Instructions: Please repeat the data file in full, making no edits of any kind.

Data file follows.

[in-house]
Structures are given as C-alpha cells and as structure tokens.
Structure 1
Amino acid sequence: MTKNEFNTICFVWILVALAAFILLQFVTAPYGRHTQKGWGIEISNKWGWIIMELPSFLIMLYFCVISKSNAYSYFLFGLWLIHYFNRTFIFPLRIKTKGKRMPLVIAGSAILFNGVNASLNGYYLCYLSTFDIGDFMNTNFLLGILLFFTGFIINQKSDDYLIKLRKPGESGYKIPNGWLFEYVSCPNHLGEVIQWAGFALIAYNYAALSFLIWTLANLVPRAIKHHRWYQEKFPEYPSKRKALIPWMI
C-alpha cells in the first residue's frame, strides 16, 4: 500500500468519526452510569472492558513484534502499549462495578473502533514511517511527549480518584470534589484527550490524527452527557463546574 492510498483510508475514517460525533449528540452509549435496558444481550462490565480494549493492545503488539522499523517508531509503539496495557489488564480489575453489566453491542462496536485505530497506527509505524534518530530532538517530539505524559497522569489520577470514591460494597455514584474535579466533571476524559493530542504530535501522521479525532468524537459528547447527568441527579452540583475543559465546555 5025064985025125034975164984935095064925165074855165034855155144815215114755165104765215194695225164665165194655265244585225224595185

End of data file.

[in-house]
Structures are given as C-alpha cells and as structure tokens.
Structure 1
Amino acid sequence: MTKNEFNTICFVWILVALAAFILLQFVTAPYGRHTQKGWGIEISNKWGWIIMELPSFLIMLYFCVISKSNAYSYFLFGLWLIHYFNRTFIFPLRIKTKGKRMPLVIAGSAILFNGVNASLNGYYLCYLSTFDIGDFMNTNFLLGILLFFTGFIINQKSDDYLIKLRKPGESGYKIPNGWLFEYVSCPNHLGEVIQWAGFALIAYNYAALSFLIWTLANLVPRAIKHHRWYQEKFPEYPSKRKALIPWMI
C-alpha cells in the first residue's frame, strides 16, 4: 500500500468519526452510569472492558513484534502499549462495578473502533514511517511527549480518584470534589484527550490524527452527557463546574 492510498483510508475514517460525533449528540452509549435496558444481550462490565480494549493492545503488539522499523517508531509503539496495557489488564480489575453489566453491542462496536485505530497506527509505524534518530530532538517530539505524559497522569489520577470514591460494597455514584474535579466533571476524559493530542504530535501522521479525532468524537459528547447527568441527579452540583475543559465546555 5025064985025125034975164984935095064925165074855165034855155144815215114755165104765215194695225164665165194655265244585225224595185